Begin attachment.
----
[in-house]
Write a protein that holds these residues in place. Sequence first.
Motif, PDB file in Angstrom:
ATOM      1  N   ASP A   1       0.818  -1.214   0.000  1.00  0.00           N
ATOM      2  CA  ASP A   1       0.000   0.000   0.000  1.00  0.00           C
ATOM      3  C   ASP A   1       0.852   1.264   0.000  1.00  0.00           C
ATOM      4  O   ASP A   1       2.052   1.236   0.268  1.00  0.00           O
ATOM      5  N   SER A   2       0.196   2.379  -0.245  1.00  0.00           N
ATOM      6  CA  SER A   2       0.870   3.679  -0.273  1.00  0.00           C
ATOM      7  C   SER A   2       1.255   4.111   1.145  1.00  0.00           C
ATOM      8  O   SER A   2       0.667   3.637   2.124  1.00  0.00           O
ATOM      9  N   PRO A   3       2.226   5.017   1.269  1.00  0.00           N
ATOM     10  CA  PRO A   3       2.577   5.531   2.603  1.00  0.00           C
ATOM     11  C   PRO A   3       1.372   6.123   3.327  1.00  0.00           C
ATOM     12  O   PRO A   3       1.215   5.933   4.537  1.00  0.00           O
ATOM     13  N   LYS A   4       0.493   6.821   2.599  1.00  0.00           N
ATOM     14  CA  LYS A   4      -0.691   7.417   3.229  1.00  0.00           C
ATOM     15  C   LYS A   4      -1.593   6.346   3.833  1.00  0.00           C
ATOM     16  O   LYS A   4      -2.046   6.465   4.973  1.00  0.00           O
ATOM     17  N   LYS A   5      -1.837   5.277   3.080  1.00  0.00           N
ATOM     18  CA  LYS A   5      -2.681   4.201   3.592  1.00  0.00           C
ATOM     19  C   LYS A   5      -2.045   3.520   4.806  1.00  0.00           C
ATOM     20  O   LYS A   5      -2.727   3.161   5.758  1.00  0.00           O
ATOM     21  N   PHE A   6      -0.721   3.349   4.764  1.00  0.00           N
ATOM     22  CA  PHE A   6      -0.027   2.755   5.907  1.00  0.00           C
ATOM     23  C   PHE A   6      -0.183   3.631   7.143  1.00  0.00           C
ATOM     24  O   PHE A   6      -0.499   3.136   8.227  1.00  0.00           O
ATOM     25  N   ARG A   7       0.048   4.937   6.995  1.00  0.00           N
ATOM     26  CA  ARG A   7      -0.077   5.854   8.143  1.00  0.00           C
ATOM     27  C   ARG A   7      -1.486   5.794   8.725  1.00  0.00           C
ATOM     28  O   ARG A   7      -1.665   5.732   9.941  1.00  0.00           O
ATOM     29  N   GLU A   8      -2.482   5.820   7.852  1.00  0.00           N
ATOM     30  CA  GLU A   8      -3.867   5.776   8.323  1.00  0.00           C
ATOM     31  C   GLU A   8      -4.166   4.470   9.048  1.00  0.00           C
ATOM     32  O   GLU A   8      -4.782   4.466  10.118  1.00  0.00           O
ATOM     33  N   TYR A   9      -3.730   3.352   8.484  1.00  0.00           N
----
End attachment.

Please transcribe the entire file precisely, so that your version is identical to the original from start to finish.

[in-house]
Write a protein that holds these residues in place. Sequence first.
Motif, PDB file in Angstrom:
ATOM      1  N   ASP A   1       0.818  -1.214   0.000  1.00  0.00           N
ATOM      2  CA  ASP A   1       0.000   0.000   0.000  1.00  0.00           C
ATOM      3  C   ASP A   1       0.852   1.264   0.000  1.00  0.00           C
ATOM      4  O   ASP A   1       2.052   1.236   0.268  1.00  0.00           O
ATOM      5  N   SER A   2       0.196   2.379  -0.245  1.00  0.00           N
ATOM      6  CA  SER A   2       0.870   3.679  -0.273  1.00  0.00           C
ATOM      7  C   SER A   2       1.255   4.111   1.145  1.00  0.00           C
ATOM      8  O   SER A   2       0.667   3.637   2.124  1.00  0.00           O
ATOM      9  N   PRO A   3       2.226   5.017   1.269  1.00  0.00           N
ATOM     10  CA  PRO A   3       2.577   5.531   2.603  1.00  0.00           C
ATOM     11  C   PRO A   3       1.372   6.123   3.327  1.00  0.00           C
ATOM     12  O   PRO A   3       1.215   5.933   4.537  1.00  0.00           O
ATOM     13  N   LYS A   4       0.493   6.821   2.599  1.00  0.00           N
ATOM     14  CA  LYS A   4      -0.691   7.417   3.229  1.00  0.00           C
ATOM     15  C   LYS A   4      -1.593   6.346   3.833  1.00  0.00           C
ATOM     16  O   LYS A   4      -2.046   6.465   4.973  1.00  0.00           O
ATOM     17  N   LYS A   5      -1.837   5.277   3.080  1.00  0.00           N
ATOM     18  CA  LYS A   5      -2.681   4.201   3.592  1.00  0.00           C
ATOM     19  C   LYS A   5      -2.045   3.520   4.806  1.00  0.00           C
ATOM     20  O   LYS A   5      -2.727   3.161   5.758  1.00  0.00           O
ATOM     21  N   PHE A   6      -0.721   3.349   4.764  1.00  0.00           N
ATOM     22  CA  PHE A   6      -0.027   2.755   5.907  1.00  0.00           C
ATOM     23  C   PHE A   6      -0.183   3.631   7.143  1.00  0.00           C
ATOM     24  O   PHE A   6      -0.499   3.136   8.227  1.00  0.00           O
ATOM     25  N   ARG A   7       0.048   4.937   6.995  1.00  0.00           N
ATOM     26  CA  ARG A   7      -0.077   5.854   8.143  1.00  0.00           C
ATOM     27  C   ARG A   7      -1.486   5.794   8.725  1.00  0.00           C
ATOM     28  O   ARG A   7      -1.665   5.732   9.941  1.00  0.00           O
ATOM     29  N   GLU A   8      -2.482   5.820   7.852  1.00  0.00           N
ATOM     30  CA  GLU A   8      -3.867   5.776   8.323  1.00  0.00           C
ATOM     31  C   GLU A   8      -4.166   4.470   9.048  1.00  0.00           C
ATOM     32  O   GLU A   8      -4.782   4.466  10.118  1.00  0.00           O
ATOM     33  N   TYR A   9      -3.730   3.352   8.484  1.00  0.00           N